But there are things you can do that may reduce your risk or delay the onset of dementia, such as:. These measures have other health benefits, such as lowering your risk of cardiovascular disease and improving your overall mental health. Read more about preventing Alzheimer's disease. There are dozens of dementia research projects going on around the world, many of which are based in the UK. If you have a diagnosis of dementia or are worried about memory problems, you can help scientists better understand the disease by taking part in research.
If you have been diagnosed with dementia, or you're caring for someone with the condition, remember that advice and support is available to help you live well. Staying independent with dementia. Communicating with people with dementia. Dementia, social services and the NHS. Our guide to care and support explains your options and where you can get support.
Page last reviewed: 10 May Next review due: 10 May Alzheimer's disease is the most common type of dementia in the UK. These include: increasing age a family history of the condition untreated depression , although depression can also be one of the symptoms of Alzheimer's disease lifestyle factors and conditions associated with cardiovascular disease Read more about the causes of Alzheimer's disease. Signs and symptoms of Alzheimer's disease Alzheimer's disease is a progressive condition, which means the symptoms develop gradually over many years and eventually become more severe.
The first sign of Alzheimer's disease is usually minor memory problems. Who is affected? Alzheimer's disease is most common in people over the age of If Alzheimer's disease is suspected, you may be referred to a specialist service to: assess your symptoms in more detail organise further testing, such as brain scans if necessary create a treatment and care plan Read more about diagnosing Alzheimer's disease.
How Alzheimer's disease is treated There's currently no cure for Alzheimer's disease, but medicines are available that can help relieve some of the symptoms. Outlook People with Alzheimer's disease can live for several years after they start to develop symptoms. This is still the case regardless of whether the respondents have APOE E4 gene, the second risk factor for getting Alzheimer's aside from aging.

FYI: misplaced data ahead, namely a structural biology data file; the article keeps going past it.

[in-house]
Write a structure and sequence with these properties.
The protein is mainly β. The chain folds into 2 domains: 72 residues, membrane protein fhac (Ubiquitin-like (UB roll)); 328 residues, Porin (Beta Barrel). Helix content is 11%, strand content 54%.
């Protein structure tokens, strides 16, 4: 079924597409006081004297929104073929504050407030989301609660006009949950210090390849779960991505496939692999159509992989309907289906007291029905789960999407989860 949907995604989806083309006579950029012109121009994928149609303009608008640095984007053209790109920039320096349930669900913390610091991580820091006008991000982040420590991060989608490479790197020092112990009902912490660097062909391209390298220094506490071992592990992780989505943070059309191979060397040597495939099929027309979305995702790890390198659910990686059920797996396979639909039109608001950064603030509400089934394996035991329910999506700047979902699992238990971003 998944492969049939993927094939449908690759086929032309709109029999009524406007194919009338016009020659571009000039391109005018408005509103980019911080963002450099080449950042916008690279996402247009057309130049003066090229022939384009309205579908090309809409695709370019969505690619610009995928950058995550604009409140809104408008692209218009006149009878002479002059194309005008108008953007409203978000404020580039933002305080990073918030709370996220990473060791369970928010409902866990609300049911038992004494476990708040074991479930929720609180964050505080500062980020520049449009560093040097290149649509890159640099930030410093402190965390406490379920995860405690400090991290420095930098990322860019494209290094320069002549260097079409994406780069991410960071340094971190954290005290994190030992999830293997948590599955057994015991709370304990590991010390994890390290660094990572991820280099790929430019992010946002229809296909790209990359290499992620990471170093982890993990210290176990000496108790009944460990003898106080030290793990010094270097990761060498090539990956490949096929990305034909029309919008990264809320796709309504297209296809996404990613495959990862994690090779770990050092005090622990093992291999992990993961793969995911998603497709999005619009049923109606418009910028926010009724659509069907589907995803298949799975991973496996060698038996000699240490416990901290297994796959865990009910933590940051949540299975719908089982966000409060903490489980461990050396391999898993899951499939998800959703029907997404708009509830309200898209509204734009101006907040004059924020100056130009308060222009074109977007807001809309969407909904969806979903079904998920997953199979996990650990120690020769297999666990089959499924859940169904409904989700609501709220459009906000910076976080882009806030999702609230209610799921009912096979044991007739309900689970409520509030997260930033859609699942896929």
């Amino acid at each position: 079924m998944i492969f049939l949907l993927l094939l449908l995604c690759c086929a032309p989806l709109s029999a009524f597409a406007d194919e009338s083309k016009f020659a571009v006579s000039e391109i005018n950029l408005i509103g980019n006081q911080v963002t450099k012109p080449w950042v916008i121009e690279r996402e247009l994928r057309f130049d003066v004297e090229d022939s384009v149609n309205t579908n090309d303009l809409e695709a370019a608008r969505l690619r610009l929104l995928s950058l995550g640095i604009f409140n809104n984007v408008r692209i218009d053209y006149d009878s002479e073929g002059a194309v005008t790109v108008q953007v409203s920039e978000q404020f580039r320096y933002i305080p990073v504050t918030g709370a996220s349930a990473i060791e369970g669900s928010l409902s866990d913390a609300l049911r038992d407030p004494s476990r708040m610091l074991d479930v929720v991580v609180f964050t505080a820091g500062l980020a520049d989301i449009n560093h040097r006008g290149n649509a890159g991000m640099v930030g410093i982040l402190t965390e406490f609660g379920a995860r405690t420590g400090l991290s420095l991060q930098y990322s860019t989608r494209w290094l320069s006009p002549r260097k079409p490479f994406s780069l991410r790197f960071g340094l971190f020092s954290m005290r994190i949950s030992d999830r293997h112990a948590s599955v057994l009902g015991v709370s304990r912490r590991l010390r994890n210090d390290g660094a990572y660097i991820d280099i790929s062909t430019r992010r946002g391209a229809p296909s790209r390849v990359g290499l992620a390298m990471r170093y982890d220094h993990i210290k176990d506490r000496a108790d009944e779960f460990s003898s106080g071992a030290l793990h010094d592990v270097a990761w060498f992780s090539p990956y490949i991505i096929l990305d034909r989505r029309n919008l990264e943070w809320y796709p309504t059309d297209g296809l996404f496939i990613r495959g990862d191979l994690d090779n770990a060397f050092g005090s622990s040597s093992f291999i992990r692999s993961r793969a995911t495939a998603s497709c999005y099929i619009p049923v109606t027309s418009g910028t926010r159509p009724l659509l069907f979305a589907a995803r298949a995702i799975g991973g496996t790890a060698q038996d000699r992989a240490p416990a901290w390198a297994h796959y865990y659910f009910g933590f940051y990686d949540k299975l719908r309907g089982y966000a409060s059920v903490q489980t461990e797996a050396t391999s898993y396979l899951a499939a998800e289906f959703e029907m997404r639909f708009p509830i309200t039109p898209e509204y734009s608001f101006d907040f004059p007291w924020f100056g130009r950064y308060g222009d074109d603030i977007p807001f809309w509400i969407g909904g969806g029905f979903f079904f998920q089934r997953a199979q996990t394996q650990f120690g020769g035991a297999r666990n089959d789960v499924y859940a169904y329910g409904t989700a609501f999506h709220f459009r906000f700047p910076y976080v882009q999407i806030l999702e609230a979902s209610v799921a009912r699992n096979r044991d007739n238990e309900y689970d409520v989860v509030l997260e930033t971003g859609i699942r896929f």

Women are more vulnerable than men when it comes to biological features, according to Katherine Lin, the MCI researcher and Ph. From all the tests conducted and even after including the factors which contribute to the rate of decline in MCI like the education and age, Lin concluded that the cognitive abilities of women with the condition are more likely to worsen faster than men.
According to the Alzheimer's Association, 16 percent of women aged 71 years and above are diagnosed with Alzheimer's while men of the same age afflicted with the disease are only 11 percent. More and more studies are being conducted, and researchers make sure that even though there is still no evidence as to why Alzheimer's in women are more frequent than men, the advocacy for this research is bound to grow. Based on a published article by Lin and her associates, one factor worth noticing is estrogen levels and genetics.
However, results of studies about this are contradicting. One study showed that hormones may be capable of reducing amyloid accumulation that when estrogen in women declines during menopausal years, their risk of acquiring Alzheimer's increases drastically. Meanwhile, another research claims that if estrogen is ingested after a woman's menopause, her risk of getting Alzheimer's and MCI is also high. Based on Lin's analysis of this phenomenon, it is best to take in estrogen before or during the first years of menopause so women can protect their brains because taking estrogen after menopause has an adverse effect on them.
Anesthesia is known as a drug injected into our body to feel no pain during surgical operations. It can cause side effects on a person's body and brain after surgery. It may affect memory and cognition for days or even weeks after the operation. In a study conducted by Dr. Katie Schenning on postoperative cognitive dysfunction POCD , she found that when women undergo surgery and receive anesthesia, their brains shrink and her cognitive capabilities also decline faster than men who underwent the same procedure.